The Physical Layer : How Machines Are Connected

Now that we have learned about the layers that make up the OSI model, let’s go ahead and discuss each of them separately. In this chapter, we’ll learn about the first layer: The physical layer.

Physical Layer Components

As we saw in the last chapter, the physical layer is the one responsible for physically transporting data from the source to the destination machine. When the physical layer receives data from the layer above it (Data link layer), it makes sure to convert the bits into the proper form so that they can be sent through the physical transmission medium. The component responsible for this is called Network Interface Card, or simply NIC.

Network Interface Card (NIC)

The NIC is a hardware component that is present in all computers. It is the interface that connects a computer to a network. It looks something like this:

Network Interface Card (NIC)

There are generally two types of NICs that are present in almost all modern computers:

– Ethernet NIC: It connects the computer to an Ethernet cable (We’ll talk about Ethernet in the next chapter. Don’t worry about this for the moment). This type of NICs generates electrical signals that represent data which are then sent through the cable. It converts the binary 1s and 0s into voltage.

– Wireless NIC: This type of card connects the computer to a wireless network (e.g. Wi-fi). It converts the data to a radio signal using an antenna.

Transmission medium

The transmission medium is the support that carries data when it leaves the sending machine. There are many types of transmission mediums, we will only address here the most common ones.

Twisted Pair Cables

The twisted pair cable contains eight wires twisted in pairs.

Twisted Pair Cable

These are the most common cables. You will find them mainly in Local Area Networks. They have the advantage of being cheaper than other types of cables and flexible to use and maintain.

On the other hand, they have a high signal attenuation which impacts the maximum distance that they can cover between two connected points. That’s why, for long distances, we use fiber optic cables.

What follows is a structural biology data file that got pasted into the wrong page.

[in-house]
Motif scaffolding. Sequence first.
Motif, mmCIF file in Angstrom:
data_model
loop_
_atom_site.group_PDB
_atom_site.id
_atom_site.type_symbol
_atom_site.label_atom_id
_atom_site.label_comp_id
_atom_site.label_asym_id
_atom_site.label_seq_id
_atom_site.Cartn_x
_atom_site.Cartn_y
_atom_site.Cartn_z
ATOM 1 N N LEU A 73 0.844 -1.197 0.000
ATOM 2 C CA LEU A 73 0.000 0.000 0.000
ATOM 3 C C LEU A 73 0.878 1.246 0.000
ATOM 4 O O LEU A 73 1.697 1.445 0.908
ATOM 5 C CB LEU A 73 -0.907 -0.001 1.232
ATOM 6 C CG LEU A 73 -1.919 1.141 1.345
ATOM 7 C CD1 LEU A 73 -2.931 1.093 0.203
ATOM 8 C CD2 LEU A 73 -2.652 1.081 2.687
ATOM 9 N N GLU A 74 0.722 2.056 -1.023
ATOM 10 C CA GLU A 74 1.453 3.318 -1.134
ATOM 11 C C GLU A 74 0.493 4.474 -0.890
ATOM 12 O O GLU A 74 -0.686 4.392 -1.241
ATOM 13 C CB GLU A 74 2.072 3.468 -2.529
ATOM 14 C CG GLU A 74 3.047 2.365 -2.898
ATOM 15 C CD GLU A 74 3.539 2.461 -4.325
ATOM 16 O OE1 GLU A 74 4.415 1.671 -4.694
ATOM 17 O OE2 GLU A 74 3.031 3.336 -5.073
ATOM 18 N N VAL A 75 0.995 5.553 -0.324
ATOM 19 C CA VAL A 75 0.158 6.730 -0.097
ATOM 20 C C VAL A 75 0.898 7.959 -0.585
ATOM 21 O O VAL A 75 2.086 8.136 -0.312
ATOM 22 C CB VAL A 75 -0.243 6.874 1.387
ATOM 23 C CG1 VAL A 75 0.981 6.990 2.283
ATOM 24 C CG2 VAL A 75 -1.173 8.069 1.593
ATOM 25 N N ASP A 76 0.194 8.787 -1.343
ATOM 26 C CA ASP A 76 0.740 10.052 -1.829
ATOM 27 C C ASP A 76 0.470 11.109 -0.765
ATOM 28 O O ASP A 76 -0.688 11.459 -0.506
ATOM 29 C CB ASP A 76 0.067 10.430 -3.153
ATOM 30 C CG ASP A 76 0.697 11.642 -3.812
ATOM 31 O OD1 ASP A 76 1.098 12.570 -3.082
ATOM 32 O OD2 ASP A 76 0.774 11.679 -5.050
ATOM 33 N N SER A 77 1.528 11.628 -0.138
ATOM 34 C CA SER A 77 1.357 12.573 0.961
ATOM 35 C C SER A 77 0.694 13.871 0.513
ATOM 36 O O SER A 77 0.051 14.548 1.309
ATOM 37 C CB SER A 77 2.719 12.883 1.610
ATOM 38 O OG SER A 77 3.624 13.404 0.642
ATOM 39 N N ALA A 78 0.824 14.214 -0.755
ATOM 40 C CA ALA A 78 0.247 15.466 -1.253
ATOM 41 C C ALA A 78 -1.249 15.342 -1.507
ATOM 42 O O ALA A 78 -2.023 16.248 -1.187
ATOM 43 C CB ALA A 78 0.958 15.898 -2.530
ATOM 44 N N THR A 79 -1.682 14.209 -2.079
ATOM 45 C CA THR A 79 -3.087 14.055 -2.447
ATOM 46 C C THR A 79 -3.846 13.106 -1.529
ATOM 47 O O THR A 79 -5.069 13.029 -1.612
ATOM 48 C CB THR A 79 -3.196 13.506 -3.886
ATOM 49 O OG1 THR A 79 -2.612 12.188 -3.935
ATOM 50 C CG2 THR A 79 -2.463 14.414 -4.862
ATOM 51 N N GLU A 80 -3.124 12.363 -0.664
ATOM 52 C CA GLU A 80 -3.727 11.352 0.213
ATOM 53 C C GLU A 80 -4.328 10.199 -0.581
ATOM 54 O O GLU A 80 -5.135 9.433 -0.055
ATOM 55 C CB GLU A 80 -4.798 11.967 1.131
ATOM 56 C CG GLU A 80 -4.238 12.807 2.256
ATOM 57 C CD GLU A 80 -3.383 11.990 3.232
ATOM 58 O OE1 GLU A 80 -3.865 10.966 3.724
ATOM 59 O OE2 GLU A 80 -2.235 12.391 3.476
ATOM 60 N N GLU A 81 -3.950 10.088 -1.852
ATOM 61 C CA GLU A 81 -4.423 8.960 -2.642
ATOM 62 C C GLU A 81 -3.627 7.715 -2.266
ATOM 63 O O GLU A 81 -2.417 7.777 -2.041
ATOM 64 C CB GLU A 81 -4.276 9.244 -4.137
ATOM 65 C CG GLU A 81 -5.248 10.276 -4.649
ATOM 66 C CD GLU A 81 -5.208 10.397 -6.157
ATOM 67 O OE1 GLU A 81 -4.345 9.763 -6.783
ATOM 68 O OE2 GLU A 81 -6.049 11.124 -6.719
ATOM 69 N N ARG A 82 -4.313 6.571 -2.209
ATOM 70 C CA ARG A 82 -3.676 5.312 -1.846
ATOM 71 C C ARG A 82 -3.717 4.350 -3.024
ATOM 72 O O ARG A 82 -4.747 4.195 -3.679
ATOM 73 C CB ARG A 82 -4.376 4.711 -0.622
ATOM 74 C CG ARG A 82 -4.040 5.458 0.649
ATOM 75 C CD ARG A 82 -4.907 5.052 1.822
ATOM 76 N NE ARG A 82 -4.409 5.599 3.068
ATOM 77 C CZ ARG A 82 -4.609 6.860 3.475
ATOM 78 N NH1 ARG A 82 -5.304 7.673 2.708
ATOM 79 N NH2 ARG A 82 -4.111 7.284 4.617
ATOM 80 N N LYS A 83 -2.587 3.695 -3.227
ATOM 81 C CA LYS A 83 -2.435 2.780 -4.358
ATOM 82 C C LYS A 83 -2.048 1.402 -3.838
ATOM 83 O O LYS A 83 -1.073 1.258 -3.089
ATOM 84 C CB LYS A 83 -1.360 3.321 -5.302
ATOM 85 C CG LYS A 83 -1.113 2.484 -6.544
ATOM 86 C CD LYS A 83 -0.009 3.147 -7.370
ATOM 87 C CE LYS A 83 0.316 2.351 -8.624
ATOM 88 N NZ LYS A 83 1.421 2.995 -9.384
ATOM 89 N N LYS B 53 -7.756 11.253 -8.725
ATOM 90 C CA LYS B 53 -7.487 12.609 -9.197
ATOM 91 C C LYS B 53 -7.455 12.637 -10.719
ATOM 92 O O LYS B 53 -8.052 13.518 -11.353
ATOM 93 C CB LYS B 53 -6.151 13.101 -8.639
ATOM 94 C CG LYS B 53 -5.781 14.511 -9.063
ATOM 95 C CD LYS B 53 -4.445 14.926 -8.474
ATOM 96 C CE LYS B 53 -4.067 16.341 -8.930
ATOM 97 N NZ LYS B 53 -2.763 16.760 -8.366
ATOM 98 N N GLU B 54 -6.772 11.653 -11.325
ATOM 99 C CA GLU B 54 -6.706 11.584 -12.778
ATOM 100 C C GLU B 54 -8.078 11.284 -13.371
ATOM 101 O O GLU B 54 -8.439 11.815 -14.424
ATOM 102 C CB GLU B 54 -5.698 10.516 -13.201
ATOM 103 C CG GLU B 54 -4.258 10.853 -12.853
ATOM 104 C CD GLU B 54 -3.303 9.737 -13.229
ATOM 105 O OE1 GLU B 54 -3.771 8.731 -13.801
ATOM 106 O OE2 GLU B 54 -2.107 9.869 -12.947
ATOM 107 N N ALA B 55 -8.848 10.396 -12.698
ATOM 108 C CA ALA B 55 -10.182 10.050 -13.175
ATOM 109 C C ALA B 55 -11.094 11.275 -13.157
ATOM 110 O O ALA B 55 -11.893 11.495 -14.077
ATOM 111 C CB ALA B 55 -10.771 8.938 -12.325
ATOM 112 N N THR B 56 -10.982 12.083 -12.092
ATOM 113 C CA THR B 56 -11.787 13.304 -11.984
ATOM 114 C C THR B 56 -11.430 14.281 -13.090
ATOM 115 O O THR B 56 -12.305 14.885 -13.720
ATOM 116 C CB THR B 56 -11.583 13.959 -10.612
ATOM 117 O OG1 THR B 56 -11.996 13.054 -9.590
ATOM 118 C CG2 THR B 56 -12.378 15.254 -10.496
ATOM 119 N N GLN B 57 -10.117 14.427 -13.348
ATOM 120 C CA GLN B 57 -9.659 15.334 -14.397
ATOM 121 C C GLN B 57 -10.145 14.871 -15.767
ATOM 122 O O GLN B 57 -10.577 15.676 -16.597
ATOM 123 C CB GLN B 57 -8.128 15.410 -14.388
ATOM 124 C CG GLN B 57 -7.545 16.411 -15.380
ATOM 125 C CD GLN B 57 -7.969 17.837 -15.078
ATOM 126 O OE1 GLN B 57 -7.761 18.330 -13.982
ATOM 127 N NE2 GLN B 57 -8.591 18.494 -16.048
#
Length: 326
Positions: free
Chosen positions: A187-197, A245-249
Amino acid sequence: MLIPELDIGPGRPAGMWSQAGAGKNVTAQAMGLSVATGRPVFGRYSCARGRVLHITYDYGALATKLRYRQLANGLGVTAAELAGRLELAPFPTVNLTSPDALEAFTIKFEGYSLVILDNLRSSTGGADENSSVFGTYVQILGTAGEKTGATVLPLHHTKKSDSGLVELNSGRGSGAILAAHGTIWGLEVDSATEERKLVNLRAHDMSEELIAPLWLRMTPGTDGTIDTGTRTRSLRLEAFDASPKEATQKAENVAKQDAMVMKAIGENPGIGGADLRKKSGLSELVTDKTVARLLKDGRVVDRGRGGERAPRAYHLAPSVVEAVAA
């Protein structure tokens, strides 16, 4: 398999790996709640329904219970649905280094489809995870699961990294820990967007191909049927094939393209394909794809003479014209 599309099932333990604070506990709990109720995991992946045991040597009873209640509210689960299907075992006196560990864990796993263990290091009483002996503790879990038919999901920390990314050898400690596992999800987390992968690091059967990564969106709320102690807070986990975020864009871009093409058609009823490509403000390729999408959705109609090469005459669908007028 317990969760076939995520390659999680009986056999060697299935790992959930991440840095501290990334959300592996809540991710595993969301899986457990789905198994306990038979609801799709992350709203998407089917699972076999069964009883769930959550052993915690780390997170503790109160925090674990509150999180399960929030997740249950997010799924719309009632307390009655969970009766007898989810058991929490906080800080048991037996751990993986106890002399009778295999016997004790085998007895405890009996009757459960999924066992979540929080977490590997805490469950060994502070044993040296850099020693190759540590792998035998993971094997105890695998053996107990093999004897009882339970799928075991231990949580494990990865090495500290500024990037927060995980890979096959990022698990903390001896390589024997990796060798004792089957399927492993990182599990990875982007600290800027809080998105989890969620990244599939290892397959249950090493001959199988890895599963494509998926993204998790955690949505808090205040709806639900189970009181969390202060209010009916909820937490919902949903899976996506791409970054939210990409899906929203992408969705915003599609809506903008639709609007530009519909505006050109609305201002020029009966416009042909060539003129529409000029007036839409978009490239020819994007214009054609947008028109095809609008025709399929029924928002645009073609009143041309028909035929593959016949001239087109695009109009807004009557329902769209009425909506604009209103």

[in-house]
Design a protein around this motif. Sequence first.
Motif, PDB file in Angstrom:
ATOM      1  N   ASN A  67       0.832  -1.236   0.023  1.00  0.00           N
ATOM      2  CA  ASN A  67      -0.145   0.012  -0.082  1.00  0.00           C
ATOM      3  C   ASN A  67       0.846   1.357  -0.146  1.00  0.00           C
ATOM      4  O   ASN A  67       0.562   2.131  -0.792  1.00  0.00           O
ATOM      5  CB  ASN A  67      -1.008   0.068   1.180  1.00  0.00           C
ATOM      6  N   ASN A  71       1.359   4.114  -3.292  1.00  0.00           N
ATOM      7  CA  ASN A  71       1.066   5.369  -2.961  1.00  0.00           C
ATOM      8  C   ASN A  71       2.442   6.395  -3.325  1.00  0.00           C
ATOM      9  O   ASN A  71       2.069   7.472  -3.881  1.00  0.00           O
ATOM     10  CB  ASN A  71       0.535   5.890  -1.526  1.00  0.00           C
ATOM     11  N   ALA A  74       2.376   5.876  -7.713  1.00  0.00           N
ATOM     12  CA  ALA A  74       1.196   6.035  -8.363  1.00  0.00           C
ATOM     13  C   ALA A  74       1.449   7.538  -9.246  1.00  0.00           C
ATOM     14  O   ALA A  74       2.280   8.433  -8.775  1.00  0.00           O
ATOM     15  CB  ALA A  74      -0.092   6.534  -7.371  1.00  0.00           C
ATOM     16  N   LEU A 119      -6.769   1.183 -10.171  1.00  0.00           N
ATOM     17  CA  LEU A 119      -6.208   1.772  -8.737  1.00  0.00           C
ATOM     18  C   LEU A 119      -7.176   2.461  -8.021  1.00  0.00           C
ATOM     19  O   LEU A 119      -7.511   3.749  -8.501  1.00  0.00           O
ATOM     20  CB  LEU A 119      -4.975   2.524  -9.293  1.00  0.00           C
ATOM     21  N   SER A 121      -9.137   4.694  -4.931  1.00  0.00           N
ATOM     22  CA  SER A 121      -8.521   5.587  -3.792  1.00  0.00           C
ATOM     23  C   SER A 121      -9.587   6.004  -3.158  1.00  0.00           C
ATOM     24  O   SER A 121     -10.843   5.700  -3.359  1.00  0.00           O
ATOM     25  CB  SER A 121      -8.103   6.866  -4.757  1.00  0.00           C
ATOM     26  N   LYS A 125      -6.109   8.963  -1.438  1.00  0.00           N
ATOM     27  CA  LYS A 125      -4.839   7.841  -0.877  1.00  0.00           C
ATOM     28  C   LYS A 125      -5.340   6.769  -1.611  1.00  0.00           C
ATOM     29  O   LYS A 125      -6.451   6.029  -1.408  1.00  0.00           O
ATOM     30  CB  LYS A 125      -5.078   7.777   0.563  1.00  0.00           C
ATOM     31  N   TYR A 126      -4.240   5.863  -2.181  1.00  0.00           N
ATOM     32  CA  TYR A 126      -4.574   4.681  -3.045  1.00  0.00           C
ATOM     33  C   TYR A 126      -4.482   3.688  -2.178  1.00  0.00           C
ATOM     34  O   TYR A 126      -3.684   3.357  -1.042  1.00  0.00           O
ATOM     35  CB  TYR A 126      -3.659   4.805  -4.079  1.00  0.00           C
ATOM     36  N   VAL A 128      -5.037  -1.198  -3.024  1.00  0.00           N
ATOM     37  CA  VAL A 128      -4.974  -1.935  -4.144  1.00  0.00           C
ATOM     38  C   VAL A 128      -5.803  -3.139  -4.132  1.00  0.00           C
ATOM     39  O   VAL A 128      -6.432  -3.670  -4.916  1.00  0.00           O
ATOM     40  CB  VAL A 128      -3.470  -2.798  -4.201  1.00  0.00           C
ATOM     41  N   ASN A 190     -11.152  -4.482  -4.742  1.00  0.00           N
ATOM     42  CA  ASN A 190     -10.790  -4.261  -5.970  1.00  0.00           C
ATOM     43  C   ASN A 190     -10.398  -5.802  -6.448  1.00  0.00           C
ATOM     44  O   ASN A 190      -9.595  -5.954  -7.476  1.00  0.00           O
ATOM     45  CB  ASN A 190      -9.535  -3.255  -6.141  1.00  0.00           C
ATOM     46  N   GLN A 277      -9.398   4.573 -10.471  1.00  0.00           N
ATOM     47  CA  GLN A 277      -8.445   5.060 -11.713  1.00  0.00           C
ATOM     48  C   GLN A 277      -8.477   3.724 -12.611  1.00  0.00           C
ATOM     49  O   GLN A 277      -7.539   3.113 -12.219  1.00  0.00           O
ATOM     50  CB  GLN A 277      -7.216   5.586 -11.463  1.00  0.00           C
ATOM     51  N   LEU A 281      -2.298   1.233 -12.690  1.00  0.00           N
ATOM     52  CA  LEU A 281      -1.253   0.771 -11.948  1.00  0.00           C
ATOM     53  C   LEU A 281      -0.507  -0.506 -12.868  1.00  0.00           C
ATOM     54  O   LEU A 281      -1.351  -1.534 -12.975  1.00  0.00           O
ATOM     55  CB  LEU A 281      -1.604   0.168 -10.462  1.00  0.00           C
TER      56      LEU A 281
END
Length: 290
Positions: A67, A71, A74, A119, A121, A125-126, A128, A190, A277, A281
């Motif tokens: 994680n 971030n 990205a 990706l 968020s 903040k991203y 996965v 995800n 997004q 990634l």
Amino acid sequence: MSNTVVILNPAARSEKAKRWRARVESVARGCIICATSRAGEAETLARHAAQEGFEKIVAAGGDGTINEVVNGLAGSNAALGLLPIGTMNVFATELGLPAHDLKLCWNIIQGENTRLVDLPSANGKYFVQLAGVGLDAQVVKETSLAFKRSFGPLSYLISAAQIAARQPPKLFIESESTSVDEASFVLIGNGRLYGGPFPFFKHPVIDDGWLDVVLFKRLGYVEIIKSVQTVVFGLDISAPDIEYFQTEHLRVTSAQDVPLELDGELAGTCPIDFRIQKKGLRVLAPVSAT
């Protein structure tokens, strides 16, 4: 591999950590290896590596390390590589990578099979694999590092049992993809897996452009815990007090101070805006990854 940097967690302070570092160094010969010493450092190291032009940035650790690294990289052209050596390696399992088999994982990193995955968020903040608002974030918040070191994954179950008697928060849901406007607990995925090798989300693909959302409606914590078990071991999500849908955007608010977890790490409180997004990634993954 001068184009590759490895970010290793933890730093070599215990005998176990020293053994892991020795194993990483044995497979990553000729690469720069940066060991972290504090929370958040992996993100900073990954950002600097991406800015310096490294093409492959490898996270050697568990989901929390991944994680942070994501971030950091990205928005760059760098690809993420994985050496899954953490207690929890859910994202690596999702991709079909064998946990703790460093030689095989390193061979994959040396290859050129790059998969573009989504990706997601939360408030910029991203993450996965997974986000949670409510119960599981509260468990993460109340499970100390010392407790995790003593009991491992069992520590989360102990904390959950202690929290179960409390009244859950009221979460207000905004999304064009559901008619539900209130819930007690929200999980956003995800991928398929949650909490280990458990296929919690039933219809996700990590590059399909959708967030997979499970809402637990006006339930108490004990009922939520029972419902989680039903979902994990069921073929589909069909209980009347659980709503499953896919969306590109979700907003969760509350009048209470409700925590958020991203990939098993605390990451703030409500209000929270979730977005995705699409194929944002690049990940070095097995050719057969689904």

Fiber Optic Cables

A fiber optic cable comprises a thin strand of glass protected inside a jacket.

Fiber Optic Cable

Unlike the twisted pair cable, fiber optics transmit bits in the form of light. 0 corresponds to no light and 1 corresponds to the presence of light. The fact that it uses light makes fiber optics the fastest medium for data transmission.

Fiber optics also have their own limitations. They are more expensive, less flexible and not so easy to maintain.

One thing to remember. If you have to design a network, make sure that you use twisted pair cables for short distances, and fiber optics for longer distances. Generally, the accepted threshold for using twisted pair cables is 100 meters.

Unguided transmission

Unguided transmission is just a fancy way to say wireless transmission. Data is transmitted in the form of radio waves, and does not require any physical medium. The most common wireless transmission standards are the Wi-Fi family of protocols.

Hub

While cables are a good way to connect devices, they are still limited in that they only provide point-to-point connections. A single cable can only link two machines. Designing a large network using only cables would be an impossible task. Just imagine how that would be for a network as large as the Internet.

One way to solve this problem is using a device that provide point-to-multipoint connectivity, allowing multiple machines to be connected at once. One such device is the Hub.

Hub - Physical layer device
Network Hub

A Hub (As shown in the picture above) is a simple device that has multiple ports. Each port can connect to a single machine. This way, all connected machines act as if they share the same cable.

Although a hub provides the advantage of connecting many machines on the same network segment, it still has some drawbacks.

Hubs are “dumb”. This is because whenever a hub receives a message from a port, it sends it back to all other connected machines. This is called a broadcast. With the high number of broadcasts, the quality of network diminishes and no machine is able to talk to an other machine without having to go through a collision.

A collision is when two machines try to talk at the same time, and none is able to do so. All machines that are connected to the hub are in the same collision domain. This is not good, especially if the number of connected machines is high.

This is why you won’t find many hubs in today’s networks. We now use the switch instead. But we don’t need to get ahead of ourselves now, we’ll talk about the switch in the next chapter.

Network Topologies

A Network Topology is the way machines are connected within a single network. There are four main network topologies:

  • Bus
  • Ring
  • Star
  • Mesh

Bus Topology

In the bus topology, all devices connect to a single cable

Bus Topology

Ring Topology

In the ring topology, all devices connect to a single cable, but this cable is connected to itself to form a circle.

Ring Topology

Star Topology

All devices are connected to a single device placed in the center.

Star Topology

Mesh Topology

There are two types of mesh:

  • Full Mesh : Every device is connected to all other devices.
  • Partial Mesh: Every device is connected to some of the other devices.
Full Mesh Topology

Now that we know how to physically connect machines, let’s go ahead and start sending some data between them. In the next chapter, we will discuss the data-link layer.

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1 Response

  1. December 28, 2020

    […] principle of computer networks, I think you are ready to cover each layer in more detail. In the next chapter, we’ll start with the physical […]

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